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Startup Credits – Free/discounted plans for startups (github.com)
212 points by dakshshah96 36 days ago | hide | past | web | favorite | 39 comments

Postmark has the most interesting credit IMO, even if it's not a particularly huge one:

> Postmark - If you’ve launched your product, are charging for it, and haven’t taken outside investment, contact the Postmark support team and they'll give you $75 account credit to help with your email costs.

A lot of these discounts are based on the assumption that you're a VC-backed, or about-to-be-VC-backed startup, that will have enough runway and growth to stick around for a couple years, and will smoothly transition from a steep discount to a 4-digit monthly bill around the time you land your Series A or whatever. I like Postmark's because it's much more reasonable - "you _don't_ have VC money, but you have an obvious path to making money (and thus being able to pay us), so we'll give you some credit for free as you get up and running."

I've been totally freeloading for a side project of mine that I _don't_ expect to make any money, but in researching cheap plans I came across a lot of these sorts of discounts (usually while looking to see if they had an open source discount, since my side project is open source). It's an interesting gamble, but I respect Postmark's the most, I think.

I also like how it's credit rather than a time-limited plan. Some projects might not take off in 3-months? 12? Especially if it's 1 person working in their spare time, having a bunch of trials running out is pressure you don't need.

Credit on the other hand runs out when you actually use it, so is much more likely to coincide with you being ready to pay for the service.

> Credit on the other hand runs out when you actually use it, so is much more likely to coincide with you being ready to pay for the service.

Most have an expiry on them. A credit is (typically) a liability on the balance sheet, so companies can't have unlimited exposure weighing down their book value.

If credits expire after a certain amount of time, or are time limited in their offer, such as discounts for 12 months, there isn't the same exposure to potentially unlimited liabilities in non-expiring credits.

I agree - I would much rather a startup subsidy being based on a measurable metric rather than a time limit. e.g. A marketing mailing app being based on number of emails being sent, or a hosting provider basing it on the CPU units.

That way, a startup won't get penalised for putting an MVP out there to get kick started, and the overall infrastructure costs to the provider isn't that high.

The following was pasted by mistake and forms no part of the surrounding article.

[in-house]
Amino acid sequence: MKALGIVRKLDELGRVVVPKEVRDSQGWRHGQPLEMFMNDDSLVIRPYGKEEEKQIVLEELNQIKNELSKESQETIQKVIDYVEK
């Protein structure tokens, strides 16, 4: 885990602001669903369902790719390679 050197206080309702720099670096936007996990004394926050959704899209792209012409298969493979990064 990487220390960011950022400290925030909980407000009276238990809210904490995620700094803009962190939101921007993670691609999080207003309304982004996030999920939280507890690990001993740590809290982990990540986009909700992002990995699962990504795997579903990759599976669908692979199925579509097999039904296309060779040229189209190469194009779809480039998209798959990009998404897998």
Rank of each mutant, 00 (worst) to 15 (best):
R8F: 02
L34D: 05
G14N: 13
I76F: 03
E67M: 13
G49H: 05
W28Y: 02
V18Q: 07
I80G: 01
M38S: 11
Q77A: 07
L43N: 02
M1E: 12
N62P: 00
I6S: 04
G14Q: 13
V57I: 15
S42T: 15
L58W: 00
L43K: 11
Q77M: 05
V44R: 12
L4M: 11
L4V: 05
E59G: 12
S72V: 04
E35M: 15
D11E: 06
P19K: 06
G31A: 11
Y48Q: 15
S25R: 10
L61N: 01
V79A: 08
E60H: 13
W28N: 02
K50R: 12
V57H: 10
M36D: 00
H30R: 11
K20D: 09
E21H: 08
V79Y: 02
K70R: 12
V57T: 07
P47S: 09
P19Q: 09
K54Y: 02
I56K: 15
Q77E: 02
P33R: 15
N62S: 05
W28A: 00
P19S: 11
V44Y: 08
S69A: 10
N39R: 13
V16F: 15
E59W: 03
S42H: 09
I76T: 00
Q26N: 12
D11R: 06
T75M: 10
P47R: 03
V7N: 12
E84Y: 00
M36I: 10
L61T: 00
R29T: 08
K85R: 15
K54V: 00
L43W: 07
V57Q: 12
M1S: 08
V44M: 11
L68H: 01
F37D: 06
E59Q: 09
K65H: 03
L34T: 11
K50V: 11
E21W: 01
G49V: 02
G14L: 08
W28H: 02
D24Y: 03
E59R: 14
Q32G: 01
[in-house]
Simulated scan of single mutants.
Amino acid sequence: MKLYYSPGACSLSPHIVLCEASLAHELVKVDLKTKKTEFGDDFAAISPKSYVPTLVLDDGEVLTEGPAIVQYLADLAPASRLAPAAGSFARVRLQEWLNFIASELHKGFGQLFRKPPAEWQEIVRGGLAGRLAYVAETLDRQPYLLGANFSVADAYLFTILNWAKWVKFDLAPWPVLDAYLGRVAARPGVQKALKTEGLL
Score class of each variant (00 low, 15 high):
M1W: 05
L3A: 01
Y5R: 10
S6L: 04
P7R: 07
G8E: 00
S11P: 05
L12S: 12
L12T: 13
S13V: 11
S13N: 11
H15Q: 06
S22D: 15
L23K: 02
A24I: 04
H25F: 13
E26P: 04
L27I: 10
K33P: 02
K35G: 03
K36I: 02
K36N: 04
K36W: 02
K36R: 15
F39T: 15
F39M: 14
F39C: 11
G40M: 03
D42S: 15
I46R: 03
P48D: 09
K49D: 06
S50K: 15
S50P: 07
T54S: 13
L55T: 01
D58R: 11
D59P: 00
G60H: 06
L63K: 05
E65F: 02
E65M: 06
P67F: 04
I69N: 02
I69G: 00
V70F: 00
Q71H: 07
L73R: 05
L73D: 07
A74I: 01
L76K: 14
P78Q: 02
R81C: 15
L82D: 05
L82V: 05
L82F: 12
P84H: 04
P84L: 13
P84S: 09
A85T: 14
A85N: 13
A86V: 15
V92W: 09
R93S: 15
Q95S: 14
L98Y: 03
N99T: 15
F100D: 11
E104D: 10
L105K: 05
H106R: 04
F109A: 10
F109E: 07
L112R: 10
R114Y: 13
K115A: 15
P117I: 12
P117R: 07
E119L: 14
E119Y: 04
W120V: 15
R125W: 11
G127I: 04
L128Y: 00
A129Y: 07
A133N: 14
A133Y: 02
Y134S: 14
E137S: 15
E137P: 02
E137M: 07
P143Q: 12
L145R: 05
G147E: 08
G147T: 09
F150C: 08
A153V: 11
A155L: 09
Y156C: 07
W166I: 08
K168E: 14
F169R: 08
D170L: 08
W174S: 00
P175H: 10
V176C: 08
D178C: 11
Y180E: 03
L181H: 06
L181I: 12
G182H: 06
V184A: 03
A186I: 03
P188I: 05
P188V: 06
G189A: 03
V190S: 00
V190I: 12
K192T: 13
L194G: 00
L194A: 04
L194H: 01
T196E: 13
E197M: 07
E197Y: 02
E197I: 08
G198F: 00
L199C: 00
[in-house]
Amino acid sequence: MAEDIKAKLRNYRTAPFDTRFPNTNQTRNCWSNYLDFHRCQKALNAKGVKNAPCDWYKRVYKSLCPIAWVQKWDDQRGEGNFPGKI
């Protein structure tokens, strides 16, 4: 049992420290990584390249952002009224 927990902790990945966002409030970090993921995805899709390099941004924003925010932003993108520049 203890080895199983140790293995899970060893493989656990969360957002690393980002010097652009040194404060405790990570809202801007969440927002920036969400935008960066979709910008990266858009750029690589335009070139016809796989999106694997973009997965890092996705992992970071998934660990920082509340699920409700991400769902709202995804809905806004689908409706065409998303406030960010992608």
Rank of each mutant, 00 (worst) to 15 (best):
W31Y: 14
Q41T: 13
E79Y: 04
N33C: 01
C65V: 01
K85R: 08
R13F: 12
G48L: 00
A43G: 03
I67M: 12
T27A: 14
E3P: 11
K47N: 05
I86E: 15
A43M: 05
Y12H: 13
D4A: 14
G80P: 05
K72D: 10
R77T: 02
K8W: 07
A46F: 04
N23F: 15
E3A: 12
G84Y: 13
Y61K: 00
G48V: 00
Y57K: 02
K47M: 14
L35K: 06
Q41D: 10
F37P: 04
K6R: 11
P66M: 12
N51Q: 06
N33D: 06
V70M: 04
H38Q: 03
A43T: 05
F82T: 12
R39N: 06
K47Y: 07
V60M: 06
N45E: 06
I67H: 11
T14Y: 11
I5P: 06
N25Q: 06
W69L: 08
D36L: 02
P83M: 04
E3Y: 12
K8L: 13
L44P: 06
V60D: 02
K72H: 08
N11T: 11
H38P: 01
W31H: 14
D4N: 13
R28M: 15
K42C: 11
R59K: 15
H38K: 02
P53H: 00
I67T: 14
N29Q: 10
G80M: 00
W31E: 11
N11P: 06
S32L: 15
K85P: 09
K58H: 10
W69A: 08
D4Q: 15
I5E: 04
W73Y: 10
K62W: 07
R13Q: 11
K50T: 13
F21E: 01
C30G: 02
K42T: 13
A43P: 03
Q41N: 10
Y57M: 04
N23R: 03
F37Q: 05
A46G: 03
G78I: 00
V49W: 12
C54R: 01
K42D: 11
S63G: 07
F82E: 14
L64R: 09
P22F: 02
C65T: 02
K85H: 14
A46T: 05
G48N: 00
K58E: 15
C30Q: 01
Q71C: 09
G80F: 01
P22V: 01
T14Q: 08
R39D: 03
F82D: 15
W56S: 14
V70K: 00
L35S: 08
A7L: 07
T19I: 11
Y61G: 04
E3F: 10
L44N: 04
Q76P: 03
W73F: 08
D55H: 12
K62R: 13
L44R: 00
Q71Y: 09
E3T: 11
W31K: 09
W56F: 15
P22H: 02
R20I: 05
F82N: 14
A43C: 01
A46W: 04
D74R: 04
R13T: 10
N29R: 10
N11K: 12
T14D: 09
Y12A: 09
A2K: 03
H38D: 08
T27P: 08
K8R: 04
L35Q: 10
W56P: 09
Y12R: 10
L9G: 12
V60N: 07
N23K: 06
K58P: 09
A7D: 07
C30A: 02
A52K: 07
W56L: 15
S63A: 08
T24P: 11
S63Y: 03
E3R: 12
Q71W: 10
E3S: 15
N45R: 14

I think it is also fairer in situations where one startup may skyrocket to profitability in 3 months as opposed to another that takes 3 years to start paying the bills.

I think AWS is sort of on the right track with their free tier pricing, and it would be nice to see others adopt the same strategy.

(Though I think AWS fails in their startup credits rationale - as far as I can see, they only offer that to funded startups.)

I would really appreciate a similar list for open-source projects


Not exactly what you asked for, but should get you started down that path if you desire funding for your open source project.

If you’re in need of SaaS that does not have a “for startups” program, I’m happy to help buy it at a discount, for free (I make commission from the vendors): https://vendr.co/startups

F6S also has a similar list https://www.f6s.com/deals.

In particular the hosting credits really lets you play around with dev without breaking the bank.

In most cases startups utilize AWS and GCP and they are generally really good, but both DO's Hatch and IBM a lot of people are missing out.

DO is awesome for startups without really good devops since they streamline a lot of the config work so it helps a lot getting the basics set up. We have a lot our free user plans on DO because it's much more cost effective and predictable (pricing wise) than AWS and GC.

IBM is also useful in a different use case because of their easy to setup dedicated hardware servers. 10k per month buys a lot of dedicated hardware (esp GPU) if you need it which is a godsend for us since we do a lot of ML and performance is dramatically better than any of the g/p instances on AWS.

Thank you for mentioning the IBM plan.

How hard was it to move from the Builder to the Premium plan? It looks pretty amazing. Though i probably wouldnt want to host a netflix-type app on an IBM cloud. Shudder... ;)

as in from the 1k plan to 10k per month? You're supposed to be in an "approved" accelerator to get it, but in reality if you pester the reps, they will move you up.

By rep what I mean is IBM has a network of people who go out and evangelize their offerings. They are the people who vet the original applications and if you live in a large city with a decent tech scene, you'll eventually run into that person.

First time I did it, I wasn't on the approved accelerator the local rep moved me up after I convinced him how cool it be for us to be "powered by IBM softlayer", as it was known back then

This is a really helpful list! I didn't know that I could get a year of Zendesk for free [1], or a year of Intercom at $49/mo [2].

I'm using Drift for live chat, but I want to switch to Intercom or Zendesk to have support tickets (or "team inbox"), and a help center / knowledge base.

I saw that Intercom is much more expensive than Zendesk, but noticed that most startups use them. Saw this on their marketing site: "84% of new Y Combinator companies that use a messaging tool use Intercom."

Would be interested to hear some opinions on Zendesk vs. Intercom.

[1] https://www.zendesk.com/startups

[2] https://www.intercom.com/early-stage